and the
Citizens Economic Research Foundation

August 29, 2005

Again to the "Hamill Commission" Hands off voters' Prop 2!

Since we led the fight to cut the auto excise in 1980, let us be among the first to say "No" to increasing it.

Twenty-five years ago, Citizens for Limited Taxation led the ballot campaign for Proposition 2, which not only limited the property tax levy, but cut the hated auto excise from $66/$1000 to $25/$1000.

We were told that the Massachusetts version had been created as a temporary tax. It was a particular shock to newcomers, most of whom had never heard of an auto excise unless they came from one of the three other states that had one. Only about half the states had some type of annual auto levy, usually a property tax.

The amount collected by all Massachusetts cities and towns from the auto excise was $266 million in 1980. It dropped to $112 million after the rate cut, then rose to $534 million in 2000. Though the rate was lower, the value of automobiles has increased to generate plenty of revenue from what was originally another "temporary" tax.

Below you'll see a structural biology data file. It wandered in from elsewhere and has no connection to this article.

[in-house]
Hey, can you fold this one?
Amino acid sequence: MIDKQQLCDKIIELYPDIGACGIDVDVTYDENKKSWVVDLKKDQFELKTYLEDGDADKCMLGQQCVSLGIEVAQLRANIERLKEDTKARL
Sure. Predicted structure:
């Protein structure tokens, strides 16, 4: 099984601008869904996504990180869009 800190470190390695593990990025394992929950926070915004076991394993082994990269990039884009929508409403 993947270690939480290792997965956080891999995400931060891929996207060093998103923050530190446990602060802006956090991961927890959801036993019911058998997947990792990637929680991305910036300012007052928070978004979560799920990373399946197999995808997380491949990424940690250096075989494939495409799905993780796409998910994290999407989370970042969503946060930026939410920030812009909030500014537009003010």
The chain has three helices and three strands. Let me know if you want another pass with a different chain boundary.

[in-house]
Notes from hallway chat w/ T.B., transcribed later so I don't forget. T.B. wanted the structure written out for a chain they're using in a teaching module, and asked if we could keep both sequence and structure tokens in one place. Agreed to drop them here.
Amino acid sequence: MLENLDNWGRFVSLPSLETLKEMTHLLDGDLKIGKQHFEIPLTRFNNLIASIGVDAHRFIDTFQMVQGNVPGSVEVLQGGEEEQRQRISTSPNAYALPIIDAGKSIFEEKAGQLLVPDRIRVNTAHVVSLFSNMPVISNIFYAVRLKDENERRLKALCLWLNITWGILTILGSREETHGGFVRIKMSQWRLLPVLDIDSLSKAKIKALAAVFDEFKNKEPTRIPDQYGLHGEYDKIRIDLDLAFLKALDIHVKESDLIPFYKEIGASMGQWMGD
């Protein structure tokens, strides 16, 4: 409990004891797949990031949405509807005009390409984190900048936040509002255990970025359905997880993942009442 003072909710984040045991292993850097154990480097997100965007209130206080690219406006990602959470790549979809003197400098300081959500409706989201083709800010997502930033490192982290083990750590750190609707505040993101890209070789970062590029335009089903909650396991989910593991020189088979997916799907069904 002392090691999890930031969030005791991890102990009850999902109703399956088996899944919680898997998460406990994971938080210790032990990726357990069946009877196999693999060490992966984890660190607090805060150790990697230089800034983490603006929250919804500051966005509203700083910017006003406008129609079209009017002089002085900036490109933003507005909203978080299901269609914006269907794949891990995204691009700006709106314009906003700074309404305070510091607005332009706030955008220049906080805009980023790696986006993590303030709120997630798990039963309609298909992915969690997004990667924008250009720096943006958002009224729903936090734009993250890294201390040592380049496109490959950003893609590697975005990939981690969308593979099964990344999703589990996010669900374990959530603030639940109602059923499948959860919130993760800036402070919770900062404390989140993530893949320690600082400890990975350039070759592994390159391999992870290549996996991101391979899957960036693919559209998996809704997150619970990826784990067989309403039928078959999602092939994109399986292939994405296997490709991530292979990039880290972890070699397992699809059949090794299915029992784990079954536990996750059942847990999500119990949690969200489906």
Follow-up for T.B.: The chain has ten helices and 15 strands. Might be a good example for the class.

In 1989, John Hamill also led a Municipal Finance Commission, which also recommended changing Proposition 2. That time the recommendation was to raise property taxes higher than the Prop 2 levy limit allows. It was shot down almost immediately.

What is the Commission thinking, to want an auto tax increase as gas prices approach $3-a-gallon? To want a tax increase at all, with revenues increasing already in a state with the 4th highest per capita tax burden in the nation?

This year, as we celebrate the 25th anniversary of Proposition 2, we intend to stop this new assault on Prop 2 as well.


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